Yes, but it doesn’t say impossible!

Prov 18:11 “The rich man’s wealth is his strongest city.” But in Mark 10:25 Jesus teaches, “It is easier for a camel to go through the eye of a needle, than for a rich man to enter into the kingdom of God.”


4 Responses to “Yes, but it doesn’t say impossible!”

  1. Michael,

    Thank you for taking the time to comment on my site. However, I must take issue with your repeated “context” complaint. It is a lazy and typical complaint from Christians when a non-believer uses passages from the bible to reveal the ugliness of the Christian religion. It’s clear that theists (god worshipers) are MASTERS at picking and choosing which passages from their holy books they want to follow/accept. But then I’m pretty adapt at ‘picking and choosing’ the ones I think are most revelatory of the contemptibility of their god and belief systems. Now I would argue that their selective preferences are the result of a careful, stubborn, WILLFUL naivety, while mine are the result of a determined desire to reveal the REST of what their holy books have to say. In other words, I wish to bring to light all the ugly stuff they purposefully ignore or even refuse to acknowledge/accept. So the out of context argument never holds any weight with me. I VERY CAREFULLY choose passages that were blatant, obvious and as black and white as they could be. Nothing written before or after could possibly ‘redefine’ what they were saying. But Christians just HATE it when you confront them with the undeniable truth that their holy book clearly depicts a god that can only be described as a bigoted, petty, vile, cruel, merciless, brutal, bloodthirsty, depraved, petulant, monster Yes, There are many beautiful passages in the bible as well, but I REFUSE TO IGNORE the ugly parts. I just wish more Christians would take a more honest look at this particular book. Especially if they are going to dedicate their whole lives and every decision they make in their lives on its words. I take the bible literally. I believe it must be either accepted as the genuine word of God or dismissed as a fairy tale. The concept of God, any god, is ALWAYS a personal one shaped by personal desire. Depending on the issue your god may be all goodness and light or vengeance and wrath. But how do you keep your own personal desire to view him one way or the other from shaping him? Those who find the bible loathsome need not take anything out of context to support their position. Only those who defend it need do so.

    So I ask that you don’t simply comment with this single word but with a full explanation of how these passages could mean anything else. To simply state that what something means is actually NOT what it means and offer NO details to enlighten our sad, confused minds serves no purpose at all.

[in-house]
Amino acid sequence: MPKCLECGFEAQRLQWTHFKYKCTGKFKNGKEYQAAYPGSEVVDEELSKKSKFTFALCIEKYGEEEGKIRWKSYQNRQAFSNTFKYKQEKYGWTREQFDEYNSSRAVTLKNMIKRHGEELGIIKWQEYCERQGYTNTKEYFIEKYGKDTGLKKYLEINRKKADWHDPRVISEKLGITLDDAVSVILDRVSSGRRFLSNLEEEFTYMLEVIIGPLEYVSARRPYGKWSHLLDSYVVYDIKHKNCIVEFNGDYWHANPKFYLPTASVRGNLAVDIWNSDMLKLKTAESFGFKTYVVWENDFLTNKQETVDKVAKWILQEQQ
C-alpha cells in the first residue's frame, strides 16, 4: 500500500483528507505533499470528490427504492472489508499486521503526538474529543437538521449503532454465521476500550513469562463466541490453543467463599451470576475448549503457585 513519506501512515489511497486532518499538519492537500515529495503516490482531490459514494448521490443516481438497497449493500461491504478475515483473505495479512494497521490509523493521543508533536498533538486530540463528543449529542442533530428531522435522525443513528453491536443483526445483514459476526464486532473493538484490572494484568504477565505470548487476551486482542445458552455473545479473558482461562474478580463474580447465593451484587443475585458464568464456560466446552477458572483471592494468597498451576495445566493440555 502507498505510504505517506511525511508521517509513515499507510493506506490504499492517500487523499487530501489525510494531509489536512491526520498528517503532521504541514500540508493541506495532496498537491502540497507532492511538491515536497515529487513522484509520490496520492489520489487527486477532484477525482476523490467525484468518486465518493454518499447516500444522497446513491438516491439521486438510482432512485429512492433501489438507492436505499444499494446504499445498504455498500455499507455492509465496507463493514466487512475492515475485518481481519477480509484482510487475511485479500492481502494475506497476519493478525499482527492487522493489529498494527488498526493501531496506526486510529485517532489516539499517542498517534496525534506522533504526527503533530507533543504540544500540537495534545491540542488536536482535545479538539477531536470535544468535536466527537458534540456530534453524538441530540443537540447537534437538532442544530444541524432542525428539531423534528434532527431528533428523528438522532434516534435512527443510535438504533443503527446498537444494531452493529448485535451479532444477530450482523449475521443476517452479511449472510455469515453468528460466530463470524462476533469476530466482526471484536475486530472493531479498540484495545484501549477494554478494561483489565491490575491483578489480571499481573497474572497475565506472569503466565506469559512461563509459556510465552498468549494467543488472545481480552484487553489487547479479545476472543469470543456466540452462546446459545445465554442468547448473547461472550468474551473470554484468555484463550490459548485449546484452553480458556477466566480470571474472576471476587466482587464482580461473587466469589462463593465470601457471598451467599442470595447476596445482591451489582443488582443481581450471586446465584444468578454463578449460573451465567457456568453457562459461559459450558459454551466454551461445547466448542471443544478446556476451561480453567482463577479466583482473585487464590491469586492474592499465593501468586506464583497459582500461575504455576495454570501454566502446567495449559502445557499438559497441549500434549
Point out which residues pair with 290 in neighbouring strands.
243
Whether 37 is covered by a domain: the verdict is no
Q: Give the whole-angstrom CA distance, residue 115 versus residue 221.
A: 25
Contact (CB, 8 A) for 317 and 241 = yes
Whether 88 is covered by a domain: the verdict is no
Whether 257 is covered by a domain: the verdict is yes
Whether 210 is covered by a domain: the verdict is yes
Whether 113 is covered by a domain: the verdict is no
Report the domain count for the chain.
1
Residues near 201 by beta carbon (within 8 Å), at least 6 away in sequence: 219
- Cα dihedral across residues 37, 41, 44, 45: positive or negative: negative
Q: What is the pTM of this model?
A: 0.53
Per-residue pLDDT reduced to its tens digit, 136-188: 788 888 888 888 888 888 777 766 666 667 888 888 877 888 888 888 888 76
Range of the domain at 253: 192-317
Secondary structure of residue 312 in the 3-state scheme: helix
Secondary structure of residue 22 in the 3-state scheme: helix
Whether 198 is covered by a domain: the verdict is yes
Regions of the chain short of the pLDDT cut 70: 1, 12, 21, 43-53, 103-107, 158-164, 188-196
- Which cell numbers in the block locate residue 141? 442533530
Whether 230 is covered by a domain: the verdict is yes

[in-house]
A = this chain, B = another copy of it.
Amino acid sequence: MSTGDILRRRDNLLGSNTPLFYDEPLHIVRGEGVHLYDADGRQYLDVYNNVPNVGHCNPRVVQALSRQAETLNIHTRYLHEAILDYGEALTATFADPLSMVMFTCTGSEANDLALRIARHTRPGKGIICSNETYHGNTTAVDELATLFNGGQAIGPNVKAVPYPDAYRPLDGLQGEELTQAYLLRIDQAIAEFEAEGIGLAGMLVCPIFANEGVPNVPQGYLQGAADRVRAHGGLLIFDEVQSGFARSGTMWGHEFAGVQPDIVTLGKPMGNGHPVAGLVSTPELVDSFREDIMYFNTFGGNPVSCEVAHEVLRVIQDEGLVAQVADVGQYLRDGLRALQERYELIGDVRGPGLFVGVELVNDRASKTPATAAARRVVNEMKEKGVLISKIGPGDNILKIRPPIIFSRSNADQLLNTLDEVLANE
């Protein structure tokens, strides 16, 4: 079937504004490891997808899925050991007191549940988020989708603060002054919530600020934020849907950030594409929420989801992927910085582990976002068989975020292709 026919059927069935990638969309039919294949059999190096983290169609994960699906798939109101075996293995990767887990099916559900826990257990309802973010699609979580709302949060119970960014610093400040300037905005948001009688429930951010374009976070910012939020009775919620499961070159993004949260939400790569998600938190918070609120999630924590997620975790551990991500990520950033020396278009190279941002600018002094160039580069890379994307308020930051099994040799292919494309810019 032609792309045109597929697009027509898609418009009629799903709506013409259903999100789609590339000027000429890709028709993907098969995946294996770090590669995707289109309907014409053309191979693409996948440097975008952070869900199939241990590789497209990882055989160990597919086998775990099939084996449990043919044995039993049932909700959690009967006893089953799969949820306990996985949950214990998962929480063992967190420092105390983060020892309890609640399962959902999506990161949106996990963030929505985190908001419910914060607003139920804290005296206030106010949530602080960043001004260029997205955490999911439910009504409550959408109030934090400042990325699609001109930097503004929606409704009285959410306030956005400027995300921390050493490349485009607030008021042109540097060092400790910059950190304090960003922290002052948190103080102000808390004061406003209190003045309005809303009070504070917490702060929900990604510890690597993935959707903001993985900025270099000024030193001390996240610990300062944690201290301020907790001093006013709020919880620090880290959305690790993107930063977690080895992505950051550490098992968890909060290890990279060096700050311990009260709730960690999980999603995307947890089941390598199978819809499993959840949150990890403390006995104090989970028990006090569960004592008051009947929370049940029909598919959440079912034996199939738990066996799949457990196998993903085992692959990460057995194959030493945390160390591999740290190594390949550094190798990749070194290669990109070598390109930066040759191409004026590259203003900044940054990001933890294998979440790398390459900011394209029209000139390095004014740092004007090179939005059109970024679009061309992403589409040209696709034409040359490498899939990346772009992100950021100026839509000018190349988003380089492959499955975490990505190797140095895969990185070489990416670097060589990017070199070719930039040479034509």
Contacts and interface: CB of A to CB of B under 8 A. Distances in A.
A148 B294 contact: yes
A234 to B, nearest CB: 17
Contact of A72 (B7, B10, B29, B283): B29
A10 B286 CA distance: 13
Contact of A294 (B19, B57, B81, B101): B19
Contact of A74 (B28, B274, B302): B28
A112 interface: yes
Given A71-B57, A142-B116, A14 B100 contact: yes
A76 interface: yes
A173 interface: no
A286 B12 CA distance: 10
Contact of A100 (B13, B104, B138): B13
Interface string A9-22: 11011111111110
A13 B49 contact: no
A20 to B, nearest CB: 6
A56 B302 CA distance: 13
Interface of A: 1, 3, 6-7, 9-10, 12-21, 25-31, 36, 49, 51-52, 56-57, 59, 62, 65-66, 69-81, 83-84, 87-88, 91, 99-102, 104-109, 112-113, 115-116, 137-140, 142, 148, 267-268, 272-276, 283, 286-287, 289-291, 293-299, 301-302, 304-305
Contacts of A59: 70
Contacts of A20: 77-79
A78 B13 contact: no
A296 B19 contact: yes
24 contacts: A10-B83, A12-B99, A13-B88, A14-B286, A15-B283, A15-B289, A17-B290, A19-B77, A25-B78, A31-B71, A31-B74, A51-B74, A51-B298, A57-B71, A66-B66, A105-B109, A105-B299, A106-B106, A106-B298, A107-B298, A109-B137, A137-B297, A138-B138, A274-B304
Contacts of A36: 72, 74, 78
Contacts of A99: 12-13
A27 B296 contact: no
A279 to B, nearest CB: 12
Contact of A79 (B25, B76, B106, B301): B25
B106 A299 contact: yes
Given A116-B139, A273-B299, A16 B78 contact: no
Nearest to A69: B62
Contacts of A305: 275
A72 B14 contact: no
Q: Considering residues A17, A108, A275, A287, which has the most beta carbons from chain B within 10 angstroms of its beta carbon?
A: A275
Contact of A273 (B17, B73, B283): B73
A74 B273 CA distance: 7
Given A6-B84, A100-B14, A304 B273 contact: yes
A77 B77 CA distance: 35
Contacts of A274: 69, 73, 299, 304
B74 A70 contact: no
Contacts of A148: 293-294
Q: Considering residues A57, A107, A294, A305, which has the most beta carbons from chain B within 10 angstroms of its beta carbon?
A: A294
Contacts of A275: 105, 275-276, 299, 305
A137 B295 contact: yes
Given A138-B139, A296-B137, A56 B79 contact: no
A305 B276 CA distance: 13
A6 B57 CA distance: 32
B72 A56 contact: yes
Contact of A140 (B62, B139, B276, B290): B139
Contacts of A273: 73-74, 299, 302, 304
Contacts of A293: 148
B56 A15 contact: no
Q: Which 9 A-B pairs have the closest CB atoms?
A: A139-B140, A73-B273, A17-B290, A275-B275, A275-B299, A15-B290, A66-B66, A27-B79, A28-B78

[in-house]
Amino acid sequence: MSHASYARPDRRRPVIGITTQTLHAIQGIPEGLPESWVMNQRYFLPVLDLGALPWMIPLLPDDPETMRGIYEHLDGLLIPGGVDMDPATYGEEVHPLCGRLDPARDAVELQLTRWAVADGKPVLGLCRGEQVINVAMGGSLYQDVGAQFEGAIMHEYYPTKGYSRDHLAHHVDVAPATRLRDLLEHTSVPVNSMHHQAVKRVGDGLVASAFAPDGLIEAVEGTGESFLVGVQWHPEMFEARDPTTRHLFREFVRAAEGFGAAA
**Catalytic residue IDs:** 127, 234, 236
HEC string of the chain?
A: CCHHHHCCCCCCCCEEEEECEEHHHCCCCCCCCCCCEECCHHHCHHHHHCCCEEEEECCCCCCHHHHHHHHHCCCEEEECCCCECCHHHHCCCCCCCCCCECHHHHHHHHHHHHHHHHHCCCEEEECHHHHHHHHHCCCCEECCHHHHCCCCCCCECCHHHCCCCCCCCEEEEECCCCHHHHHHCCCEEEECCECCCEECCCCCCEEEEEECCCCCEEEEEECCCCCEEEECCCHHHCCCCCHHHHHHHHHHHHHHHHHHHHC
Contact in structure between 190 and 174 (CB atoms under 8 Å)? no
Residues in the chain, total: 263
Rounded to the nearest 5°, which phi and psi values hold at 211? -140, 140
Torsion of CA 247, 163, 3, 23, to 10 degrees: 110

Take Care,


  2. You are right, lazy on my part. Thanks for calling me on that. Sorry. I’ll see what I can do. You say you take the Bible literally. That word is used a lot, but people define it differently. I suppose I would agree, yet I certainly think genre affects meaning. For example, figures of speech abound in many of the poetic writings and in some of the narrative. While I am sure (yes, thank you for pointing out my over-generalizations: guilty as charged) there is someone somewhere who thinks Jesus is a door, I really believe that most folks take John 10:9 as a metaphor. Ok, I digress, on with the explanation.

    Proverbs 18:11 must be taken in context. It is part of a two verse unit that begins in verse 10, and it contrasts God with a rich man. The writer says that while God is a strong tower, i.e., someone who can be trusted for protection, the wealth of a rich man is only a source of protection in his imagination. To quote only the first half of verse 11 really is pulling things out of context. The whole two verses read: “The name of the Lord is a strong tower; the righteous man runs into it and is safe. The rich man’s wealth is his strong city, and like a high wall in his imagination.” Jesus does not contradict the inability of riches to save/protect someone. In fact, he says riches, if that is what one is depending on, will not cut it. The writer of proverbs states that the righteous man runs to God for protection. Jesus would agree with that.

    One of the things that gets us all in trouble is not looking at the whole unit a verse comes from. I think Christians often think that a verse is a complete proposition. (The Bible says it, so it must be true!) This is hardly true. Verse divisions are a later addition to the Bible. One must be very careful about quoting a verse without considering its place in the sentence, paragraph, and book.

    Just one other thought. I would agree that there are things in the Bible that are loathsome to me. I do not allow my understanding or misunderstanding on a few things to hold sway over my decisions. I do, however, question, and I am not afraid to question. I would agree that many Christians are. We don’t like to think we are wrong (not sure that is a solely Christian characterization). I believe the truth can be sought unashamedly, though.

    I will be back to fix the rest of my laziness, maybe not today, though.

    Thanks for the conversation,


  3. After reading over my reply, I had to add one more thing. From what I have read on other blogs, faith is often where conversation turns nasty or dissolves. While I do seek truth, I admit, unashamedly, that I live by faith. There are things I do not understand. There are things that I cannot prove. I realize that may make me seem naive, simple, and ignorant to some. I can take it. I’ve been called a lot worse. I don’t know who said it, but I would concur with the statement that Christianity is faith seeking understanding.



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